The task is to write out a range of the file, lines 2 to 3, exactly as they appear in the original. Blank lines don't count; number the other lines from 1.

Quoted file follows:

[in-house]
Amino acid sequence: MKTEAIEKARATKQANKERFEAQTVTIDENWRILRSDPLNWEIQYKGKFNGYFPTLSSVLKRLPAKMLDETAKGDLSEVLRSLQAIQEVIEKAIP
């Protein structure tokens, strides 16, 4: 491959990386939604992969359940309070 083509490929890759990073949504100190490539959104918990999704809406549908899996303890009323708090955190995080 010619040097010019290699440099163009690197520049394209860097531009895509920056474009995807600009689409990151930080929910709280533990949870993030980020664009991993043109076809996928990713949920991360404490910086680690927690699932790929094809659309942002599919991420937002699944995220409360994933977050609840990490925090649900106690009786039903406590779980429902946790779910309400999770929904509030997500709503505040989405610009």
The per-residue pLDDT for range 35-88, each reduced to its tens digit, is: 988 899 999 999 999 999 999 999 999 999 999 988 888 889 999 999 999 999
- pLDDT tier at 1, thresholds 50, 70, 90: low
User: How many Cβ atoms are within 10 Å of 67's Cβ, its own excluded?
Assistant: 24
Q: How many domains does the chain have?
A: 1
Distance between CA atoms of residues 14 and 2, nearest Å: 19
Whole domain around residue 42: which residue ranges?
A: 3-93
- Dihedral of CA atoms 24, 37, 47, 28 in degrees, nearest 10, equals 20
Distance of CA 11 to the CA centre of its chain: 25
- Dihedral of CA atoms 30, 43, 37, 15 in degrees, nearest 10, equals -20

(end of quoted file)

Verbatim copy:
Amino acid sequence: MKTEAIEKARATKQANKERFEAQTVTIDENWRILRSDPLNWEIQYKGKFNGYFPTLSSVLKRLPAKMLDETAKGDLSEVLRSLQAIQEVIEKAIP
């Protein structure tokens, strides 16, 4: 491959990386939604992969359940309070 083509490929890759990073949504100190490539959104918990999704809406549908899996303890009323708090955190995080 010619040097010019290699440099163009690197520049394209860097531009895509920056474009995807600009689409990151930080929910709280533990949870993030980020664009991993043109076809996928990713949920991360404490910086680690927690699932790929094809659309942002599919991420937002699944995220409360994933977050609840990490925090649900106690009786039903406590779980429902946790779910309400999770929904509030997500709503505040989405610009």